Happiness is in our own hearts. I have no regrets of anything in the past. I’m totally cheerful and happy, and I think that a lot of your attitude is not in the circumstances you find yourself in, but in the circumstances you make for yourself.
~ Maeve Binch ~
As I look back on my life through the lens of experience, I can say that I have no regrets. I made the choice, after much deliberation, to marry my ex-wife. We entered the partnership with the typical vows along with divorce is not an option. Everything seemed good until about the twelfth year. That is when I saw the first major financial irregularity. Money was moved from an account I used to buy and sell Ford Model A parts to pay for a family vacation. This was done without discussion and I was told “the money is still there” when I questioned the transfer. Several years later I used the same account for a $10,000 inheritance I received from my Aunt. Strict instructions were given not to spend this money since it was given to help buy a house. Within two months, all of my inheritance was gone. At this point I should have seen the writing on the wall but I was unaware my inheritance was gone until the divorce proceedings. When I claimed my inheritance during the buyout of the house, I then discovered in the financial records all of my inheritance had been spent without my knowledge.
In hindsight it is clear my ex-wife wanted access to the retirement accounts after her cancer. She had pressured me to retire when I turned 50 but financially it did not make sense. When the flurry of legal wrangling was over, I was assigned all of the debt and she is now driving a new car and traveling. How she went from barely able to work 20 hours a week, due to the complications after cancer treatment, to living high on the hog remains a mystery.
During the summer of 2012 my ex-wife was planning her exit from the marriage. She started by spreading rumors and made some serious accusations in an attempt to make me leave. These same lies also laid the ground work for her to justify filing for a divorce 18 months later. Some of our friends did not believe the character assassination but others believed the lies. At first my ex-wife denied being the source of the gossip but eventually accepted responsibility during a marriage counseling session. By this time the damage had been done. My ex-wife clearly states that she is a Christian, but her lies and the financial irregularities over the years have a different story to tell. Ultimately her actions will stand as a testimony to her life. All I can do at this point is to wait for the truth to be revealed.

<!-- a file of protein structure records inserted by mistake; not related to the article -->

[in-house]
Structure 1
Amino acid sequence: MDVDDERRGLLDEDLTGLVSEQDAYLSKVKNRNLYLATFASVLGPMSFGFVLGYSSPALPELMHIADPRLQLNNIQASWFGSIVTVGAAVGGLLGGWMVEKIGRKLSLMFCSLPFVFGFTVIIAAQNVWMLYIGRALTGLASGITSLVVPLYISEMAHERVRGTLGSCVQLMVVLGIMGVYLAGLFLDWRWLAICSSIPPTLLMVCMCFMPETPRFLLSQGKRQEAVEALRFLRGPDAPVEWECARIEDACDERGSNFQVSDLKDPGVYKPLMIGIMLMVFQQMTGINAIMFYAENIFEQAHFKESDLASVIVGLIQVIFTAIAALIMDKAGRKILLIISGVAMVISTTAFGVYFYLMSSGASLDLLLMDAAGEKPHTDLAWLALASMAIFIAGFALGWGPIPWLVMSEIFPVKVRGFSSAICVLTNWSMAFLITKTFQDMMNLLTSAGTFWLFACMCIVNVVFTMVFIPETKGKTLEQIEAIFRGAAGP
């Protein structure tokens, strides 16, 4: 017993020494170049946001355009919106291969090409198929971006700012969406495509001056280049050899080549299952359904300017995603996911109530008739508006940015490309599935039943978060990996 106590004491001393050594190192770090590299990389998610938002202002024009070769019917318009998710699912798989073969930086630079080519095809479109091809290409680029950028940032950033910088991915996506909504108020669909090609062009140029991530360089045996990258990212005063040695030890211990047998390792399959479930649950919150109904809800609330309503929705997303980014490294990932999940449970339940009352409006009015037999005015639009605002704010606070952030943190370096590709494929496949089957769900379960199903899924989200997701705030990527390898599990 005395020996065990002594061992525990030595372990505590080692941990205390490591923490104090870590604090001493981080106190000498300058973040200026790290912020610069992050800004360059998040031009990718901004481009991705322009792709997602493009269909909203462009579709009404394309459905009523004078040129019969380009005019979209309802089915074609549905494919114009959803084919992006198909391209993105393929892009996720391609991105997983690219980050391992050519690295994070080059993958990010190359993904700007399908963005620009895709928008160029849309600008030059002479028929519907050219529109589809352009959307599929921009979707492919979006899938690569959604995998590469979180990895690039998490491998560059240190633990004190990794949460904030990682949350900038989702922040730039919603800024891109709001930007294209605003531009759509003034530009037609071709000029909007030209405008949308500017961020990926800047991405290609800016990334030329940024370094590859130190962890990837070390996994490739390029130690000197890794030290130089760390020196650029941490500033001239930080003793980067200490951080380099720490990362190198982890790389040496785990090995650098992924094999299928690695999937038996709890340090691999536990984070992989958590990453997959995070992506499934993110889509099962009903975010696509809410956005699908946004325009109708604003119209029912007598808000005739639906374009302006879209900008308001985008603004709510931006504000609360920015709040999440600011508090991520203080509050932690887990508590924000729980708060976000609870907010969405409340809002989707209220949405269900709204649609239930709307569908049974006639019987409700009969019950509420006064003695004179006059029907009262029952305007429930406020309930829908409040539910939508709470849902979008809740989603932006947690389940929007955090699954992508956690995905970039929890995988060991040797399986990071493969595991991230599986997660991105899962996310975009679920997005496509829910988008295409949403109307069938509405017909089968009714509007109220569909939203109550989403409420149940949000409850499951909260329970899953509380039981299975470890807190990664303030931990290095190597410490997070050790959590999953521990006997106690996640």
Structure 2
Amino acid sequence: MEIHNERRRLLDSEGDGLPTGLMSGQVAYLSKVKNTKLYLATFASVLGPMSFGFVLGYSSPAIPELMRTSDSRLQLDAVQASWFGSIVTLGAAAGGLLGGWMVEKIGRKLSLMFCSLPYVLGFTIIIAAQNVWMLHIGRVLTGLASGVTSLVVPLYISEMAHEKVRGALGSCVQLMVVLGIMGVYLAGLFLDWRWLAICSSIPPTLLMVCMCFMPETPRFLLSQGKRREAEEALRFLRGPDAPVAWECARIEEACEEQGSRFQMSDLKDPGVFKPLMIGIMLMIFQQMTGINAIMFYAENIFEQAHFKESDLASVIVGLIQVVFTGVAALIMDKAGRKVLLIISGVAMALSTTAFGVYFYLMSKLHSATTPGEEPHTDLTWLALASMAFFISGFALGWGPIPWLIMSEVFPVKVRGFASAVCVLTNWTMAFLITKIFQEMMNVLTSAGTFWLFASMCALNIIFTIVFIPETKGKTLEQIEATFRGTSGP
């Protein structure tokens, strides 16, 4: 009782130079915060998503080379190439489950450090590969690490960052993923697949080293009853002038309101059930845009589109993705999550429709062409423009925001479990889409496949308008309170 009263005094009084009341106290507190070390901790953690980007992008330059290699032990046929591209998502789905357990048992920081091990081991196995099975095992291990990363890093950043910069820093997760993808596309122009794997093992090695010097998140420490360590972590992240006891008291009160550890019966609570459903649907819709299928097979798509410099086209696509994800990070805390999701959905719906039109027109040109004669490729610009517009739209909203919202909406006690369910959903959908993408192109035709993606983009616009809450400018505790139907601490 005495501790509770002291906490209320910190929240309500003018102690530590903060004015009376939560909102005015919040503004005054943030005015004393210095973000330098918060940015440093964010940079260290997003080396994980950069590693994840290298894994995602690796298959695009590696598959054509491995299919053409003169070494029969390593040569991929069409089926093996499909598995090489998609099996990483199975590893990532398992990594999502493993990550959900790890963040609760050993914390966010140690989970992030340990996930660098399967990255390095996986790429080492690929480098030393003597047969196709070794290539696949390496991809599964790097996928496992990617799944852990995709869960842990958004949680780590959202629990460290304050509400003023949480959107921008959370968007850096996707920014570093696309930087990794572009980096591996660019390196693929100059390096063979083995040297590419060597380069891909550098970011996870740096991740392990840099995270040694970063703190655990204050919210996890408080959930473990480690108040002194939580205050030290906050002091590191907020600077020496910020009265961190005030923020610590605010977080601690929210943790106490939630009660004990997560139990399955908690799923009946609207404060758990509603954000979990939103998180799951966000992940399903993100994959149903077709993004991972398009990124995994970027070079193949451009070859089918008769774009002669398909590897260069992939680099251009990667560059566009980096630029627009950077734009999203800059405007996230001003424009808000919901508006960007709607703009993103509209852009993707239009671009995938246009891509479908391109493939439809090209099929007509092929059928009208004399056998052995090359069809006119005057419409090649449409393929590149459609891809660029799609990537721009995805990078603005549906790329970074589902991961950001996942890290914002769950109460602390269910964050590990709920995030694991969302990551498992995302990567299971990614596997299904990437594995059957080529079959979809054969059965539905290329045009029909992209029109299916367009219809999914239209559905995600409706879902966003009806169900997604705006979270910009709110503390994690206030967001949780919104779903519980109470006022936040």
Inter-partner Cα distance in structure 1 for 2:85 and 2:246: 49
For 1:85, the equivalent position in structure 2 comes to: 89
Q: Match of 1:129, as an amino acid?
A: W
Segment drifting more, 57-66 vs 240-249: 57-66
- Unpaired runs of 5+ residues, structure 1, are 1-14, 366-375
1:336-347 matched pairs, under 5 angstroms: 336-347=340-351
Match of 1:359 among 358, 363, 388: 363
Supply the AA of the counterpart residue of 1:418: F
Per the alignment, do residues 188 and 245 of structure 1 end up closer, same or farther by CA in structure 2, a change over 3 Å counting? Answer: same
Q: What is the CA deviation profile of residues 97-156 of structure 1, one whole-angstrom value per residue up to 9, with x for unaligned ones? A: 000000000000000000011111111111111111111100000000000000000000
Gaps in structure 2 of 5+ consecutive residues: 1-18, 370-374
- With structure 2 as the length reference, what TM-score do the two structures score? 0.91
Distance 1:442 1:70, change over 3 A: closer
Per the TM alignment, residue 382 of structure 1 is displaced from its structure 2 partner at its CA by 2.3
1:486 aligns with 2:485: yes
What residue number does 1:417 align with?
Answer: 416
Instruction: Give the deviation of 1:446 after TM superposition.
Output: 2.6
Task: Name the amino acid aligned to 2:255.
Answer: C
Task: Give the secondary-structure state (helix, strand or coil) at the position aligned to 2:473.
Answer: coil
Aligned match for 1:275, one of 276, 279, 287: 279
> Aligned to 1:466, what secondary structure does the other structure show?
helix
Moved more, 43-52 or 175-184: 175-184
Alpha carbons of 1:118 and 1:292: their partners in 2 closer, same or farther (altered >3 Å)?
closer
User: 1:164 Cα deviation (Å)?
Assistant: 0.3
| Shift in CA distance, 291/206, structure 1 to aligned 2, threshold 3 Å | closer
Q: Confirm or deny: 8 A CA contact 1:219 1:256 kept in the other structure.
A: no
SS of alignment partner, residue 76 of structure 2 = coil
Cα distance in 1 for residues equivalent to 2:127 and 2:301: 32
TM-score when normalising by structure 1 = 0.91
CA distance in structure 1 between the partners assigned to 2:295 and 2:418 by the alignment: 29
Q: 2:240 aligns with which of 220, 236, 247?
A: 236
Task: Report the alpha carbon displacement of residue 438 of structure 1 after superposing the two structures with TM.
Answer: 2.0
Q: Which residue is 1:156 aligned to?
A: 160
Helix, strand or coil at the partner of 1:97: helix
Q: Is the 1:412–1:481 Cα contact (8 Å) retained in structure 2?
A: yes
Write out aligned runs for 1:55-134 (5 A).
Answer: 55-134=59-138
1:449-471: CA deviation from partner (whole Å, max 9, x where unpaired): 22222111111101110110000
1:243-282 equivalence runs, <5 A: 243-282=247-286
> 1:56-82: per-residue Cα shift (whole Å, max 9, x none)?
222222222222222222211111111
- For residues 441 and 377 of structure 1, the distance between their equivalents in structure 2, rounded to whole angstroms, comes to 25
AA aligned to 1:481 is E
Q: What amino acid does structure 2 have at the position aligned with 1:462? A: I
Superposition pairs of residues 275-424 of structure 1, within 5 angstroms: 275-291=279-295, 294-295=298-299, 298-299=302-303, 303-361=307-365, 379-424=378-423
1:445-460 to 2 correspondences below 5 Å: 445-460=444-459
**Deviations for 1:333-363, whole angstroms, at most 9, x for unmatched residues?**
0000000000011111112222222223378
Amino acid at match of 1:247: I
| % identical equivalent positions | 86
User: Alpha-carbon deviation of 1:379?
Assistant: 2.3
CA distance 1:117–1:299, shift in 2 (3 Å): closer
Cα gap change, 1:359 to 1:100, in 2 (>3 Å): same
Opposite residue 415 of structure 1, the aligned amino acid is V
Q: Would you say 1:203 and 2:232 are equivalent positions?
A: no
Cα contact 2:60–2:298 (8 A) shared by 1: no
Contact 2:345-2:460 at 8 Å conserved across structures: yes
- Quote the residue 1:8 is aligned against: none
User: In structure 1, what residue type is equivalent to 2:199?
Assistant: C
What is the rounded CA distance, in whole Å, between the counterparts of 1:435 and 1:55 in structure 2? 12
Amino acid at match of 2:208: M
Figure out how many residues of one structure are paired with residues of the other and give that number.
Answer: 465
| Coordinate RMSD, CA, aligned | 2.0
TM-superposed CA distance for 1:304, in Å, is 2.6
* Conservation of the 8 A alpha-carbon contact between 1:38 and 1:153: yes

To make this post relevant, I am providing the following lessons I learned from the Court of Family Law.
1) Complete trust, based on love, is not a good plan for a marriage. It was this very trust that my ex-wife used to hide her financial irregularities.
2) Financial irregularities are not acceptable in a business partnership and should not be tolerated in a marriage relationship. If one spouse is wanting to control the finances, this should be a warning sign. Review the accounts on a regular basis. An honest partner will not be afraid to allow the other to check the financial records.
3) Never put an inheritance in a joint account because it immediately becomes community property. Deposit this money in an account with only your name. A honest marriage partner will not question why. Then you can decide together how to spend or invest your money.
4) Whether it is your first marriage or n+1, establish a premarital agreement. This will hopefully protect your assets.
5) Deposit your paycheck in a account with only your name. Setup a joint account you both contribute to for everyday expenses. This is more difficult to accomplish if the couple has decided to have one spouse stay at home to care for any children (God help you if you find yourself in a divorce with children). Money is always one of the top issues in any marriage and is made worse in a divorce.
6) In today’s housing climate, it will most likely take two incomes to purchase a home. If you purchase the home together it will be divided equally during a divorce. Be sure your spouse can afford to pay half the costs of homeownership. My home was purchased based on my income which allowed me to buy out my ex-wife when she walked out. With no tangible investment in the house, she walked away with a tidy sum.
Everyone I know was shocked to hear my marriage had failed. How I apply these lesson will no doubt require an attorney due to the complexities of Family Law. The old saying says, hindsight is 20/20. Live, learn, move on. But more importantly, choose to be happy.